The geology underlying both marshes, Cors Malltraeth and Cors Ddyga, is characterized by Carboniferous Limestone, millstone grit, soft coal measures shales, sandstone, coal seams, and Permian strata. The Afon Cefni valley is 9 miles (14 km) long and runs almost exactly parallel to the valley of the Menai Strait.

Malltraeth Marsh is a wide and perfectly flat expanse of reedy pasture. An embanked tidal river runs through its midst, opening to Malltraeth Sands, 0.5 miles (0.80 km) to the southwest. A short tunnel, the first in Anglesey, pierces the low hills which extend along the west side of Malltraeth Marsh before reaching Bodorgan railway station. Above Malltraeth lies the extensive common land of the marsh, which is bounded on the north-west by the parishes of Llangadwaladr, Trefdraeth, and Llangristiolus; on the northeast by Llangefni and Llanffinan. Cors Ddyga ("Tygai's marsh") lies in the commote of Rhosyr. It is on the east side of the Afon Cefni River or Afon Fawr Llanfihangel-y-Ceifiog, Llanidan, Llangaffo, Llangeinwen, and Newborough.


The vegetation reported from the Malltraeth Marshand and Cors Ddyga consist of reed canary-grass, water-plantain, branched bur-reed, club rush and reed sweet-grass. Spiked water-milfoil, blunt-leaved pondweed, horned pondweed are also reported in the marsh land, apart from rare species of flowering rush, water-violet and marsh stitchwort.


European water voles inhabit the marsh. Birds such as northern lapwing, Eurasian curlew, common redshank and common snipe are reported from the lowland wet grassland. Eurasian teal, northern shoveller, gadwall and common pochard occupy the open water. Other birds recorded are Eurasian bittern and grey heron. Invertebrates include water beetles (Hydrochus brevis) and hairy dragonflies.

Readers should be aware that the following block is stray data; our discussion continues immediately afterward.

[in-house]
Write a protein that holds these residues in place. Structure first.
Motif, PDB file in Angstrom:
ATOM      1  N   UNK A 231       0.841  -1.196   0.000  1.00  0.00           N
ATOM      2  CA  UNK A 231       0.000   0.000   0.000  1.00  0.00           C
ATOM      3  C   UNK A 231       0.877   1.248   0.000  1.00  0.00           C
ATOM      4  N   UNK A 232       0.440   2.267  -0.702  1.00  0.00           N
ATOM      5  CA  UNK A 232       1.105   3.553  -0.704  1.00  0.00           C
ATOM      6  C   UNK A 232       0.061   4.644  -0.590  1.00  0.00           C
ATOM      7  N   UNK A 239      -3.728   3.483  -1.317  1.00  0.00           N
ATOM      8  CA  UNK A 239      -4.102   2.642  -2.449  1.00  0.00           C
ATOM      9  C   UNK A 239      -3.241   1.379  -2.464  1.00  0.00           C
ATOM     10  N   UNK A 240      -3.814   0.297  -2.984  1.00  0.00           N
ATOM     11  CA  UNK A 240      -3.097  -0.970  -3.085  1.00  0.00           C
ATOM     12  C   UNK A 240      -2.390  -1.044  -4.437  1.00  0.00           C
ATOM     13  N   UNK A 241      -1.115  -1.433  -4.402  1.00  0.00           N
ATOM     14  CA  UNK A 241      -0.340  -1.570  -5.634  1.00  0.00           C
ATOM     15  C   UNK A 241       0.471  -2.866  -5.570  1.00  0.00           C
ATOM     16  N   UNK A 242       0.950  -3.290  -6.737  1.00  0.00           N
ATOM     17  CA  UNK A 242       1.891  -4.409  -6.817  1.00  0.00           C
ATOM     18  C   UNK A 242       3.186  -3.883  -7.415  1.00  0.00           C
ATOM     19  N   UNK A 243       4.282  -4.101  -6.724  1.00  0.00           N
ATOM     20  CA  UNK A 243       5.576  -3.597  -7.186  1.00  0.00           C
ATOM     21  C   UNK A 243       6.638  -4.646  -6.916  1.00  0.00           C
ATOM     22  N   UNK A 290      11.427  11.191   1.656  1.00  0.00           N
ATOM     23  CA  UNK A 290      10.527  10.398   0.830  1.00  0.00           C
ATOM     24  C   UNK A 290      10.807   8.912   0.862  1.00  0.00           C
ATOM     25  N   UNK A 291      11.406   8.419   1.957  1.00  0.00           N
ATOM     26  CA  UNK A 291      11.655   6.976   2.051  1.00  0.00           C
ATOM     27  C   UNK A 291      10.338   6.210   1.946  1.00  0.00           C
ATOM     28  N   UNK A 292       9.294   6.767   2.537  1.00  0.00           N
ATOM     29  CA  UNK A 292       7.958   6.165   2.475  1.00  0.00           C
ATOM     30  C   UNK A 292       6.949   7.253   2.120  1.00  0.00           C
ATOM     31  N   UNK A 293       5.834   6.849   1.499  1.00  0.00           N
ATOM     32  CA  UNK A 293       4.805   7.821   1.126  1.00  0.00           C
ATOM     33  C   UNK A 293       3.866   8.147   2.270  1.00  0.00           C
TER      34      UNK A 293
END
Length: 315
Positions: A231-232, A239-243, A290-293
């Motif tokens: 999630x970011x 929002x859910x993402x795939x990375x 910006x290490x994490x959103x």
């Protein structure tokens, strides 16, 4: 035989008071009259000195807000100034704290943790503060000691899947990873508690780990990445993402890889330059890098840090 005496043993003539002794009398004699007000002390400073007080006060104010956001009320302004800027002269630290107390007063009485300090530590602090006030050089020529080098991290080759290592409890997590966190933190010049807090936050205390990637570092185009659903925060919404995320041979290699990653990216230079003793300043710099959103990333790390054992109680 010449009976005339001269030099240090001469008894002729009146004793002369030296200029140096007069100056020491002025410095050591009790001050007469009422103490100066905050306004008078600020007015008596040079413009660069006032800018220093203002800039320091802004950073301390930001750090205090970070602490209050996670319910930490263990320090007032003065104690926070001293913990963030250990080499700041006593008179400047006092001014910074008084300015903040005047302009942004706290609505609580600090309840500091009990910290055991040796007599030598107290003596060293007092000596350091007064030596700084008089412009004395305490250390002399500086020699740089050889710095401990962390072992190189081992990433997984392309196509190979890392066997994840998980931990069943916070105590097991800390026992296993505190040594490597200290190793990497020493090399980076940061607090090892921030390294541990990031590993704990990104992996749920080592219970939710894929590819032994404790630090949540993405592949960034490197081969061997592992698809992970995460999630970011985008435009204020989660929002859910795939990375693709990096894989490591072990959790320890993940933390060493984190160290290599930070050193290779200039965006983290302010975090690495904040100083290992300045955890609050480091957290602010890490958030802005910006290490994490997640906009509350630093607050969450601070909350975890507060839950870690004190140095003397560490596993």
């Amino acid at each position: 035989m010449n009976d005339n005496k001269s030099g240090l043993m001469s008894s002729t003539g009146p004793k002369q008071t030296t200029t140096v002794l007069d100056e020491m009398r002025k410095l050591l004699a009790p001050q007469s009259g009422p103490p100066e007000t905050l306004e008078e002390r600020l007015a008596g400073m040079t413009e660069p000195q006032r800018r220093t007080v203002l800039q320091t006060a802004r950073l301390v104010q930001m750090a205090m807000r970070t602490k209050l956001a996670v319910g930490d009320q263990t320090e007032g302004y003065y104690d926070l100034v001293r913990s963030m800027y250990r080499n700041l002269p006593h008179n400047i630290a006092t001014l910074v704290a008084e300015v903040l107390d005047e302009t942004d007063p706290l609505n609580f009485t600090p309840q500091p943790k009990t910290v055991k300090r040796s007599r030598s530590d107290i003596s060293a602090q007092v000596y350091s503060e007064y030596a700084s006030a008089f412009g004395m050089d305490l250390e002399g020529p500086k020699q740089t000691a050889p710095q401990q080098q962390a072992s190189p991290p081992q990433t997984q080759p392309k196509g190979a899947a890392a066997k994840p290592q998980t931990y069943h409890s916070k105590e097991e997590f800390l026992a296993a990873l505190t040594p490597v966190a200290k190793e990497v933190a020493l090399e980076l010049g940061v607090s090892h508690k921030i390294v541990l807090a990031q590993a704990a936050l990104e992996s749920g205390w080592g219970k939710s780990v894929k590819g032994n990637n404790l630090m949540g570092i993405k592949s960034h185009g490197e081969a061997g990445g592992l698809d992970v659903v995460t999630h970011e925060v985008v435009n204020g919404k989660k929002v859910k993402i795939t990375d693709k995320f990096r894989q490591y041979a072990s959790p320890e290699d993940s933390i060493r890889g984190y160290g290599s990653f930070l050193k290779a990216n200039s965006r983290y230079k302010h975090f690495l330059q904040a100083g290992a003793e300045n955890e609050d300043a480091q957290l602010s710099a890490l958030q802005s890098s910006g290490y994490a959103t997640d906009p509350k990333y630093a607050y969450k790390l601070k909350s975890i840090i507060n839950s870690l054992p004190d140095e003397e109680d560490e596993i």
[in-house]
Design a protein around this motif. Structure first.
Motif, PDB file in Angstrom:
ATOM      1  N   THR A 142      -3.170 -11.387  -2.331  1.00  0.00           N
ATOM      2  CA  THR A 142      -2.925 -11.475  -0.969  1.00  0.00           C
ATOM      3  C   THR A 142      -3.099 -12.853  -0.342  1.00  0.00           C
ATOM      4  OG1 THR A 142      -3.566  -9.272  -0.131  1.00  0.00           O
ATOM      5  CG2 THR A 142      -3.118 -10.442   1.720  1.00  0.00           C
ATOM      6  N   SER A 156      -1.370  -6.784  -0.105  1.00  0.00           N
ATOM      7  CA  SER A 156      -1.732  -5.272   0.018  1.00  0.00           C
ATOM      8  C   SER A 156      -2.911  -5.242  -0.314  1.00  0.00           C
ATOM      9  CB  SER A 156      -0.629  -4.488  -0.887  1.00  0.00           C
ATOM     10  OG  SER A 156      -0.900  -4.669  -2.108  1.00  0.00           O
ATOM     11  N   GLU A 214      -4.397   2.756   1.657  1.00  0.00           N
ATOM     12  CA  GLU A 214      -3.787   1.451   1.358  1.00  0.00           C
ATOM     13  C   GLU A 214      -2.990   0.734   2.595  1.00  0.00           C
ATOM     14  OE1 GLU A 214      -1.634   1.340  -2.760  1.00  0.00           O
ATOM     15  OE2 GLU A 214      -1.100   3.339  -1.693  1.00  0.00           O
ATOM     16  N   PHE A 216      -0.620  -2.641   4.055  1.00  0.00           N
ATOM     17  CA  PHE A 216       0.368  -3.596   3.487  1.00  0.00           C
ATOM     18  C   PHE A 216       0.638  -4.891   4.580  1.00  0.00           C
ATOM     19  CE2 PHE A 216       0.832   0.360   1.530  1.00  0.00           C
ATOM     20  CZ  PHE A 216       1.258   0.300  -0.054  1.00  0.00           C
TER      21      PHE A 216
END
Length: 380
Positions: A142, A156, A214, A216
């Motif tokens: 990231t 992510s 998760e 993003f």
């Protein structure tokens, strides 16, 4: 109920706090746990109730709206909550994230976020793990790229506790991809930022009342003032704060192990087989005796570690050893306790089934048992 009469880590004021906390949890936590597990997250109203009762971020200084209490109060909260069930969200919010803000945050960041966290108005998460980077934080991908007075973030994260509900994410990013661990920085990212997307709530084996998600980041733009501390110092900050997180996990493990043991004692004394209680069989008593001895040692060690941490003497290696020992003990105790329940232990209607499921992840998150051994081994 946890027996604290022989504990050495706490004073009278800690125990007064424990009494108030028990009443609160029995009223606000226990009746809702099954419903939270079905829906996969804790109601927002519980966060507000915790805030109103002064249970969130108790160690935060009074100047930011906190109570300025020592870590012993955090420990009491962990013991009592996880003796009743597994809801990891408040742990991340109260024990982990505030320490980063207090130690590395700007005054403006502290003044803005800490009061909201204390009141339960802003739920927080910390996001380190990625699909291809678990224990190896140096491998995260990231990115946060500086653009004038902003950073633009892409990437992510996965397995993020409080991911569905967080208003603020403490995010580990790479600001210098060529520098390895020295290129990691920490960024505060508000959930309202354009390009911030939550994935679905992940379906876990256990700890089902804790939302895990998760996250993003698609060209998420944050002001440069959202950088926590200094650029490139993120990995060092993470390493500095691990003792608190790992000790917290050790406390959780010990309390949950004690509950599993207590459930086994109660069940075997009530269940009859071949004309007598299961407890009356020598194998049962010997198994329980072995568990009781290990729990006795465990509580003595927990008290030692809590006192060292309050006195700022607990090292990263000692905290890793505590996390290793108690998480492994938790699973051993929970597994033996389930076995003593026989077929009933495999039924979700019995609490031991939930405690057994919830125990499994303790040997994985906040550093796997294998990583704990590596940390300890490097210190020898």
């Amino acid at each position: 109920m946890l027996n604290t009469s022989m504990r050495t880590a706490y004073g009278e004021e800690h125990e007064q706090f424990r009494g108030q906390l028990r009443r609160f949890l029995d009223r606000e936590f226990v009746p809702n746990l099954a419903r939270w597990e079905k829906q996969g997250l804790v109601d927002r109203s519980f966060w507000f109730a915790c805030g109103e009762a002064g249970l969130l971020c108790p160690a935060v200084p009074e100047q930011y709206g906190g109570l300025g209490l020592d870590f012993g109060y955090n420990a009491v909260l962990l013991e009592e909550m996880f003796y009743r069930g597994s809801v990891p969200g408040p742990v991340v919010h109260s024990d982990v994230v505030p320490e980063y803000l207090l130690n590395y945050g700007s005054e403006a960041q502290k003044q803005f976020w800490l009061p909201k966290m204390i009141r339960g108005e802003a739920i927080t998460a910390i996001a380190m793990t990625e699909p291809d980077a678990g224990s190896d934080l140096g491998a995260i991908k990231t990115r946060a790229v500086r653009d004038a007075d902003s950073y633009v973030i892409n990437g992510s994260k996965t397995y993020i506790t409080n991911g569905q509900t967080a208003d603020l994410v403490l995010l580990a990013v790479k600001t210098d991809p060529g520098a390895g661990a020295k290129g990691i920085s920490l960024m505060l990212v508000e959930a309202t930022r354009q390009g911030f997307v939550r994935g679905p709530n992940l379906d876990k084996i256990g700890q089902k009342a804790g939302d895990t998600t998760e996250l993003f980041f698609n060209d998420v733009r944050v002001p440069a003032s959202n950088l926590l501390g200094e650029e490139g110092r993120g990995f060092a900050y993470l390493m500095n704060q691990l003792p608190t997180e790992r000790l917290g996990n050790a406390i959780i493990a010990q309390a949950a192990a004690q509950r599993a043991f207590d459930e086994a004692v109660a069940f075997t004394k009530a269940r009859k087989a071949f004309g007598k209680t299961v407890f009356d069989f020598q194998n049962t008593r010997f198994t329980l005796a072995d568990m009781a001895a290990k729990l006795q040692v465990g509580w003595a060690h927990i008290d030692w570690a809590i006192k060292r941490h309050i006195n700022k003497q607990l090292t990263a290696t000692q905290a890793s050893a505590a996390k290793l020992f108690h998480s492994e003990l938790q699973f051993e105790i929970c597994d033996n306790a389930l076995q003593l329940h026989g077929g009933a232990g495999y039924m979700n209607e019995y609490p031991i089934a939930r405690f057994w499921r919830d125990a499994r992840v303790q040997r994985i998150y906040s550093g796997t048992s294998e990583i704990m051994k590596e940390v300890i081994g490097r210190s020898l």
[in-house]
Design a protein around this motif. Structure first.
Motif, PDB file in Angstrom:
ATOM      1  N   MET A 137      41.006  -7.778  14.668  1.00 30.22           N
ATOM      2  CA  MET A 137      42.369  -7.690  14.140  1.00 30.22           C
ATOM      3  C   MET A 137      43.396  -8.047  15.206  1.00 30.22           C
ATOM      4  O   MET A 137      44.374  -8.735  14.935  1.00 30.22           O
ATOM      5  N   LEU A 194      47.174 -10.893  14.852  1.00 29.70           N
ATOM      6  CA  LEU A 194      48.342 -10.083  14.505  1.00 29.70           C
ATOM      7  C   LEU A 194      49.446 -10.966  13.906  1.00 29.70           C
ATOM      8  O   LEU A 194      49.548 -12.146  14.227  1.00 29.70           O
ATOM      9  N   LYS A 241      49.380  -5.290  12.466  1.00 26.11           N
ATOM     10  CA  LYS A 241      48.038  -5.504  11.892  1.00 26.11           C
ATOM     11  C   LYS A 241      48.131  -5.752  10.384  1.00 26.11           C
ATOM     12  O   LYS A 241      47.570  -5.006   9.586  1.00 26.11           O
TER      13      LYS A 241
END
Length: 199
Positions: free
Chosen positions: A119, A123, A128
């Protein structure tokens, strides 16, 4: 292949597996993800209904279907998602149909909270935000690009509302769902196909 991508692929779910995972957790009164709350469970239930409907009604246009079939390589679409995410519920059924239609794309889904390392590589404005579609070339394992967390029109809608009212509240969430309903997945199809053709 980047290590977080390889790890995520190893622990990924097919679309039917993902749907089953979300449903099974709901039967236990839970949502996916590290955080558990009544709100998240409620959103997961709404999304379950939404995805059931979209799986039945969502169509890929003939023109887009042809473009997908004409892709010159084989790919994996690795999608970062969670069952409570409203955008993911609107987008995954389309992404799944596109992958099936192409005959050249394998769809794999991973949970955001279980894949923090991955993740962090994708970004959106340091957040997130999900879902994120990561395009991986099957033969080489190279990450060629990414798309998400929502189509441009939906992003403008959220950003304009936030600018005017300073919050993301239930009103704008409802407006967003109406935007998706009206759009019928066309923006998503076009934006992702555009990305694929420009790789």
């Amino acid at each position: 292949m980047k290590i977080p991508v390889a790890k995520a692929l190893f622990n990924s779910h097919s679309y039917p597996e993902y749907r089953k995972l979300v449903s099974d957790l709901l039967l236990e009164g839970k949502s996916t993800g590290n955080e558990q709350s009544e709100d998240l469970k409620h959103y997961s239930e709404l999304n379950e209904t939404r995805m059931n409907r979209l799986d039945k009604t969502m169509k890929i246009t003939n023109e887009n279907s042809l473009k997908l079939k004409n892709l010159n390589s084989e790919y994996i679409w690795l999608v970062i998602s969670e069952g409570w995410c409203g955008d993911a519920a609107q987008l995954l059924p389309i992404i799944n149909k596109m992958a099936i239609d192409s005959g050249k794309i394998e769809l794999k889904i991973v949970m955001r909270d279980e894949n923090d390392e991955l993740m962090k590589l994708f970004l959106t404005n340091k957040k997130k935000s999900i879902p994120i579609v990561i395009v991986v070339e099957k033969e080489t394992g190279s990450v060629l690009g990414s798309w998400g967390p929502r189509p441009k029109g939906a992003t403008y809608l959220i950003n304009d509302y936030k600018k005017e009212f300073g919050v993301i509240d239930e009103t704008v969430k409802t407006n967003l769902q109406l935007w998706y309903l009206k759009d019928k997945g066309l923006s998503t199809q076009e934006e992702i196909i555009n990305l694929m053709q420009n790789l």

Reclaimed farmland on the western edge of the Malltraeth Marsh - - 877746
Reclaimed farmland on the western edge of the Malltraeth Marsh

Malltraeth Marsh and Cors Ddyga is a Site of Special Scientific Interest (SSSI). The marshes are notable for their breeding bird community, lowland damp grassland, reedbeds, the threatened habitat of wet meadows, and the botanical importance of their ditches and watercourses. A Royal Society for the Protection of Birds reserve is situated in the north-east corner of the SSSI.

Management options undertaken to conserve the marshland consists of: maintaining water levels by proper upkeep of clay-lined ditches to conserve flora and fauna; maintaining an exclusive swamp area to breed bittern; creation of shallow water ditches along old water courses to drain large land areas where waders can feed; establishing water control structures on secondary drains to maintain high ground water table during the spring season; control of introduced invasive plant species such as fairy fern, Australian stonecrop and Himalayan balsam; reduce risk of predation (by predators such as crows and minks) of birds by constant conservation and preservation of hedges; encouraging grazing during the winter season and reducing it during summer to attract ground nestling birds, and controlled agricultural management to provide nestling sites for waders.